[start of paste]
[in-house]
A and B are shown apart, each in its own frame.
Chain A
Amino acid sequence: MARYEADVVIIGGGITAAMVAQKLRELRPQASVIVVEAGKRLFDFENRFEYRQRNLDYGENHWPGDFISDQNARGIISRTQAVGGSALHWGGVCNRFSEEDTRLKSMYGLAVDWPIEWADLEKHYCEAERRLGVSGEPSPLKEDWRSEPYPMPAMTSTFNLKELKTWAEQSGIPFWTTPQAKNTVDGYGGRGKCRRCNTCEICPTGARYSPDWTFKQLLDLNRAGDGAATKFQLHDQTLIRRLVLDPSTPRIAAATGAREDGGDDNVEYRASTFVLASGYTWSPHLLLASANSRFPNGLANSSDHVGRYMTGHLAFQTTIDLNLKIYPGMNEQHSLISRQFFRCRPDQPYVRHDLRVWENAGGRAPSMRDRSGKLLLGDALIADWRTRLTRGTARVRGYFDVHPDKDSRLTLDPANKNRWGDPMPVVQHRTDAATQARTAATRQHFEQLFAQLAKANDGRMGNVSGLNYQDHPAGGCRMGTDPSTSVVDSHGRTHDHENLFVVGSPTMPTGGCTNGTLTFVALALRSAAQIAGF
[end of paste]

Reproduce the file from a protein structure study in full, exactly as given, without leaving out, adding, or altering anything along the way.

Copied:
[in-house]
A and B are shown apart, each in its own frame.
Chain A
Amino acid sequence: MARYEADVVIIGGGITAAMVAQKLRELRPQASVIVVEAGKRLFDFENRFEYRQRNLDYGENHWPGDFISDQNARGIISRTQAVGGSALHWGGVCNRFSEEDTRLKSMYGLAVDWPIEWADLEKHYCEAERRLGVSGEPSPLKEDWRSEPYPMPAMTSTFNLKELKTWAEQSGIPFWTTPQAKNTVDGYGGRGKCRRCNTCEICPTGARYSPDWTFKQLLDLNRAGDGAATKFQLHDQTLIRRLVLDPSTPRIAAATGAREDGGDDNVEYRASTFVLASGYTWSPHLLLASANSRFPNGLANSSDHVGRYMTGHLAFQTTIDLNLKIYPGMNEQHSLISRQFFRCRPDQPYVRHDLRVWENAGGRAPSMRDRSGKLLLGDALIADWRTRLTRGTARVRGYFDVHPDKDSRLTLDPANKNRWGDPMPVVQHRTDAATQARTAATRQHFEQLFAQLAKANDGRMGNVSGLNYQDHPAGGCRMGTDPSTSVVDSHGRTHDHENLFVVGSPTMPTGGCTNGTLTFVALALRSAAQIAGF